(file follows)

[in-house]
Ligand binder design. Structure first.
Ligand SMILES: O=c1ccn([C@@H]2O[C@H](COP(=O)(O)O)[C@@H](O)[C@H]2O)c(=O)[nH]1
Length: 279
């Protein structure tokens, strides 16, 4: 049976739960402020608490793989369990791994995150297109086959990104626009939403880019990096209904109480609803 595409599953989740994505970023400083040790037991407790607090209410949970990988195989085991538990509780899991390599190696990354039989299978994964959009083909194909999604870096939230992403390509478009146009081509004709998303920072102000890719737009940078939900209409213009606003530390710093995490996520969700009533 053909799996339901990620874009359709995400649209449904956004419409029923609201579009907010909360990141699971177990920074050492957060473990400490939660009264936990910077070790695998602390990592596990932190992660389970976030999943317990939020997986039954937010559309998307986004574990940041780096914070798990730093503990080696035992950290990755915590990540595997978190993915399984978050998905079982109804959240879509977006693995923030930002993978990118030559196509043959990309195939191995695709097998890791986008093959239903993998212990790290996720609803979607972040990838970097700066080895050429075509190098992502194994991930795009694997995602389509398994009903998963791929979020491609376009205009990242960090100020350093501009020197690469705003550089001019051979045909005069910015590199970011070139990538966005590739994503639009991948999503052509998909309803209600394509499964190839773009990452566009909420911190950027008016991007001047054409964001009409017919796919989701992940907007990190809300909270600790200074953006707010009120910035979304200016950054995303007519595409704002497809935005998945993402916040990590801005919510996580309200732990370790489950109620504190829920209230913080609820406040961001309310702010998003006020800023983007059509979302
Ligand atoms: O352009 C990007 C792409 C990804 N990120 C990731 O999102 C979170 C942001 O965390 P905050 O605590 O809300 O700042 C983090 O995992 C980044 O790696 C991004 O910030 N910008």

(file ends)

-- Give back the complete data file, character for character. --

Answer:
[in-house]
Ligand binder design. Structure first.
Ligand SMILES: O=c1ccn([C@@H]2O[C@H](COP(=O)(O)O)[C@@H](O)[C@H]2O)c(=O)[nH]1
Length: 279
């Protein structure tokens, strides 16, 4: 049976739960402020608490793989369990791994995150297109086959990104626009939403880019990096209904109480609803 595409599953989740994505970023400083040790037991407790607090209410949970990988195989085991538990509780899991390599190696990354039989299978994964959009083909194909999604870096939230992403390509478009146009081509004709998303920072102000890719737009940078939900209409213009606003530390710093995490996520969700009533 053909799996339901990620874009359709995400649209449904956004419409029923609201579009907010909360990141699971177990920074050492957060473990400490939660009264936990910077070790695998602390990592596990932190992660389970976030999943317990939020997986039954937010559309998307986004574990940041780096914070798990730093503990080696035992950290990755915590990540595997978190993915399984978050998905079982109804959240879509977006693995923030930002993978990118030559196509043959990309195939191995695709097998890791986008093959239903993998212990790290996720609803979607972040990838970097700066080895050429075509190098992502194994991930795009694997995602389509398994009903998963791929979020491609376009205009990242960090100020350093501009020197690469705003550089001019051979045909005069910015590199970011070139990538966005590739994503639009991948999503052509998909309803209600394509499964190839773009990452566009909420911190950027008016991007001047054409964001009409017919796919989701992940907007990190809300909270600790200074953006707010009120910035979304200016950054995303007519595409704002497809935005998945993402916040990590801005919510996580309200732990370790489950109620504190829920209230913080609820406040961001309310702010998003006020800023983007059509979302
Ligand atoms: O352009 C990007 C792409 C990804 N990120 C990731 O999102 C979170 C942001 O965390 P905050 O605590 O809300 O700042 C983090 O995992 C980044 O790696 C991004 O910030 N910008």